Study: Vitamin D Supplementation Improves Babies’ Growth


Baltimore, MD–A new clinical trial from McGill University, presented at  Nutrition 2019, held at the Baltimore Convention Center in June, looked at the impact of vitamin D supplementation on infant growth. As the researchers explain in the study abstract, vitamin D status is positively associated with lean mass phenotype in healthy infants born with sufficient vitamin D stores. In this study, researchers tested whether rapid correction of low neonatal vitamin D status would improve body composition (lean mass and fat mass) at six months of age.

In the study, infants with serum 25(OH)D < 50 nmol/L (n=87) were randomized to receive 400 or 1,000 IU/d until 6 months of age. Those with 25(OH)D ≥50 nmol/L (n=31) were recruited as a reference group, and received 400 IU/d.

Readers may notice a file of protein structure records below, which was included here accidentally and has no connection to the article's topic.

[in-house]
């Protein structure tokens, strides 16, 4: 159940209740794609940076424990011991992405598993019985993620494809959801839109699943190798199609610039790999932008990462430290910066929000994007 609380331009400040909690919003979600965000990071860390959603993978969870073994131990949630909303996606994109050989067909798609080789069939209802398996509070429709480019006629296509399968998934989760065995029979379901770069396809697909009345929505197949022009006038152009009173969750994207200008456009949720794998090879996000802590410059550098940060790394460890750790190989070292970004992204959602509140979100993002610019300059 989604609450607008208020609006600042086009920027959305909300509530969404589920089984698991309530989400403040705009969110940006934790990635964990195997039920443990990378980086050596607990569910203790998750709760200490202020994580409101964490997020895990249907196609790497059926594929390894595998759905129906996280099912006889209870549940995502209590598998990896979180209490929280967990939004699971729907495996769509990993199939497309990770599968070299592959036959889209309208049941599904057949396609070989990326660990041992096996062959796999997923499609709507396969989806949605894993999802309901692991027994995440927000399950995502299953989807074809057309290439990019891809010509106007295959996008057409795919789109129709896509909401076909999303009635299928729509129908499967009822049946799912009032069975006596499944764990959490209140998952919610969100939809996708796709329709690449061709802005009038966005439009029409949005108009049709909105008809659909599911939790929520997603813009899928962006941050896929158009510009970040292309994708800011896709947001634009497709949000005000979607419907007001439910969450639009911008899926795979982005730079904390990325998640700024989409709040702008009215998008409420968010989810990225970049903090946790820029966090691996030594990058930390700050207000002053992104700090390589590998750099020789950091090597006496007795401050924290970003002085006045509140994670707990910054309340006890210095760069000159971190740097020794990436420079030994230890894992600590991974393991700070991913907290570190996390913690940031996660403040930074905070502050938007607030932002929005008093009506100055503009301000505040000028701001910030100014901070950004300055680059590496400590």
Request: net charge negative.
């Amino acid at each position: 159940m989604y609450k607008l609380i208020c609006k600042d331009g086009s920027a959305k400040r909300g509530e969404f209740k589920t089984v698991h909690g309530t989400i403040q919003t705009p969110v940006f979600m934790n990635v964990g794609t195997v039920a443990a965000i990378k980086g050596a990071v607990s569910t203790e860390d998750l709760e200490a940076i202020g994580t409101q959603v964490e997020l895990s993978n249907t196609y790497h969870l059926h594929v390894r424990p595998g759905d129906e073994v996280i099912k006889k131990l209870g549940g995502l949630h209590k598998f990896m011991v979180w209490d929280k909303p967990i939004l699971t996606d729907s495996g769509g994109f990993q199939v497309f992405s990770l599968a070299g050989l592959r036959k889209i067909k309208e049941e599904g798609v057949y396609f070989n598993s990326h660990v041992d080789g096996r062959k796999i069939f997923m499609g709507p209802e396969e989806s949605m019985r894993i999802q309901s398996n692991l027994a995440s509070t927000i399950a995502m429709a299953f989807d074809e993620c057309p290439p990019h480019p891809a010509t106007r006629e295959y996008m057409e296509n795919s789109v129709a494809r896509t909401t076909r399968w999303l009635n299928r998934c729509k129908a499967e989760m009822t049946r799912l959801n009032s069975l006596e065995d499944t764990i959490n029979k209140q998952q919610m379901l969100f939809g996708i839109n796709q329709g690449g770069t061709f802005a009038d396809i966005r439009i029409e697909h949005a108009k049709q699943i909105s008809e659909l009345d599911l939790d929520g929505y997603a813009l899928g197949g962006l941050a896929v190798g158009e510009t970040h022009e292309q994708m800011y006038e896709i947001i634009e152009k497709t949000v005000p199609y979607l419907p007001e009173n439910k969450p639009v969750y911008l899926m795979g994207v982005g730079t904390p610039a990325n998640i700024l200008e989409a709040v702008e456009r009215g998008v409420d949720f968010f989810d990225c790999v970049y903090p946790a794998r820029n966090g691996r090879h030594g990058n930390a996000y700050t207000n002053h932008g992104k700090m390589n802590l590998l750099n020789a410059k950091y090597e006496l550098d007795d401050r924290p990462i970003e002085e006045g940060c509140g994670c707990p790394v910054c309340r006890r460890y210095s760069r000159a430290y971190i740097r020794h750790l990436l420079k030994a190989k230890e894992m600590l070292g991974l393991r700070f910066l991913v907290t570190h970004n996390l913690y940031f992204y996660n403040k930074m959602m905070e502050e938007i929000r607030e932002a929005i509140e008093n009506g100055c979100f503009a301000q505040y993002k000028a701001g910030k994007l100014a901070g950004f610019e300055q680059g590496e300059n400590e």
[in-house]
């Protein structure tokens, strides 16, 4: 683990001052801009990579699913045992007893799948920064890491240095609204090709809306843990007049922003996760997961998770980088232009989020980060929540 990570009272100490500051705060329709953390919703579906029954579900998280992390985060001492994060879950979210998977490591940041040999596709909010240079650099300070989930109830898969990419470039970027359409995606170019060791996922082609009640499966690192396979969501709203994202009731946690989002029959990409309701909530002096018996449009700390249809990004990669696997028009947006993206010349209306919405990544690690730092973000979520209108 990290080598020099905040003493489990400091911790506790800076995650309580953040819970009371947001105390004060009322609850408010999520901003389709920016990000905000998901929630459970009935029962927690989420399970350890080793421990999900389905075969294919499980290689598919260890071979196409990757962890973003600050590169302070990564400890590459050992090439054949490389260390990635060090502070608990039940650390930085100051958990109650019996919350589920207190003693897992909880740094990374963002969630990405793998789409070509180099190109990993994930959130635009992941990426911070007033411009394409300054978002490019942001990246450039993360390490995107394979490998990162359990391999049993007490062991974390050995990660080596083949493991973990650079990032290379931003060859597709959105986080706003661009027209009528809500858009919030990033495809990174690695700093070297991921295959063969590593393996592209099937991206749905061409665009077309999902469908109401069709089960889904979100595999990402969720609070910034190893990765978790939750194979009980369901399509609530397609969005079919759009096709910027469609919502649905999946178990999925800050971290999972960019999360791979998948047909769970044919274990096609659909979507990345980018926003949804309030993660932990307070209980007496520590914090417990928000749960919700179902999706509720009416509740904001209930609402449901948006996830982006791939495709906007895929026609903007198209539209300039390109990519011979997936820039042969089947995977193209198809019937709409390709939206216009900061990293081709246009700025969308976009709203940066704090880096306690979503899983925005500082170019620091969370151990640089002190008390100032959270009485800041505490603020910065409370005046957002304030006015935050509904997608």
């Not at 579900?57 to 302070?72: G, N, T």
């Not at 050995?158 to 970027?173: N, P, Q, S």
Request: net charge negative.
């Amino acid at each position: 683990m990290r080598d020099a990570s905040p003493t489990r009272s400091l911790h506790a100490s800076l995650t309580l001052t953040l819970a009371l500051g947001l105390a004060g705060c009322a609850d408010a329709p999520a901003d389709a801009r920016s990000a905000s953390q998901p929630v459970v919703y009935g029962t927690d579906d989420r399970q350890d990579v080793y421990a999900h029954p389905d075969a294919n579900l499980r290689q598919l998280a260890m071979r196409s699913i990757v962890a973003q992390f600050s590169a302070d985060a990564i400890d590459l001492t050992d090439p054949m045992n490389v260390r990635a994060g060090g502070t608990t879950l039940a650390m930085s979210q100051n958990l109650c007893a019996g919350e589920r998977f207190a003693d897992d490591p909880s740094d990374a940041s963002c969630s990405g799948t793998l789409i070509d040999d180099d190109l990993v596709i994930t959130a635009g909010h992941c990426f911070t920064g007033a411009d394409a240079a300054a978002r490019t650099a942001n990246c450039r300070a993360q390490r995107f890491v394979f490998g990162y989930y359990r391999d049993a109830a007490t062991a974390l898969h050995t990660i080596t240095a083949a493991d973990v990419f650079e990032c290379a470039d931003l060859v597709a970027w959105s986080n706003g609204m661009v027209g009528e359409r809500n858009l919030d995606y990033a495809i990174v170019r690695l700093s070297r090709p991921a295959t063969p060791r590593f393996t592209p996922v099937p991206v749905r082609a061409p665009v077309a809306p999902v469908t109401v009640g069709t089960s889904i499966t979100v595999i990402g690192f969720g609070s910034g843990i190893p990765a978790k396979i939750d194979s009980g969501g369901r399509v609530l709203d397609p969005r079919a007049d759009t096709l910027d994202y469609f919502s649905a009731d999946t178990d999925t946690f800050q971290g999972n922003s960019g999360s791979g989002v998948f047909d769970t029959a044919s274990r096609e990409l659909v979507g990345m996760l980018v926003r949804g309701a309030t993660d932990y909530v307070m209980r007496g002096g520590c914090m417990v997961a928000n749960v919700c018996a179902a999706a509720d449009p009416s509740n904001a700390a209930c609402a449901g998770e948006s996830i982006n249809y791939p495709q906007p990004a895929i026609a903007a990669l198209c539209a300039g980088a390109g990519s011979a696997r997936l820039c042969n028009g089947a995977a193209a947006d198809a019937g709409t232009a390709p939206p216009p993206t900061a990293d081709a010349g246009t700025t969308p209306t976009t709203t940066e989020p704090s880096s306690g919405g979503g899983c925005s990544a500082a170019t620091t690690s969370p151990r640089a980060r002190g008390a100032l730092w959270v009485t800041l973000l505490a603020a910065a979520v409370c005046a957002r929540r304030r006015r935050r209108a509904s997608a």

The result: Newborns with low vitamin D stores who were given 1,000 IU/day of vitamin D supplementation built up their D stores more rapidly and gained more lean body mass by six months of age compared to infants given 400 IU/day, which is the current standard of care for children as recommended by American Academy of Pediatrics.


  1. The women and their children both need to be exposed to regular, midday, full-body sun exposure, which can stimulate up to 20,000 IU in the skin. That way, the mothers will be replete with healthful vitamin D and many other essential photoproducts of sun exposure. And, their infants will never be born vitamin D deficient. Growth rates will then be normal, and the health and bone strength of the infants will be in normal ranges.
    More information:, and read Dr. Marc Sorenson’s book, Embrace the Sun.


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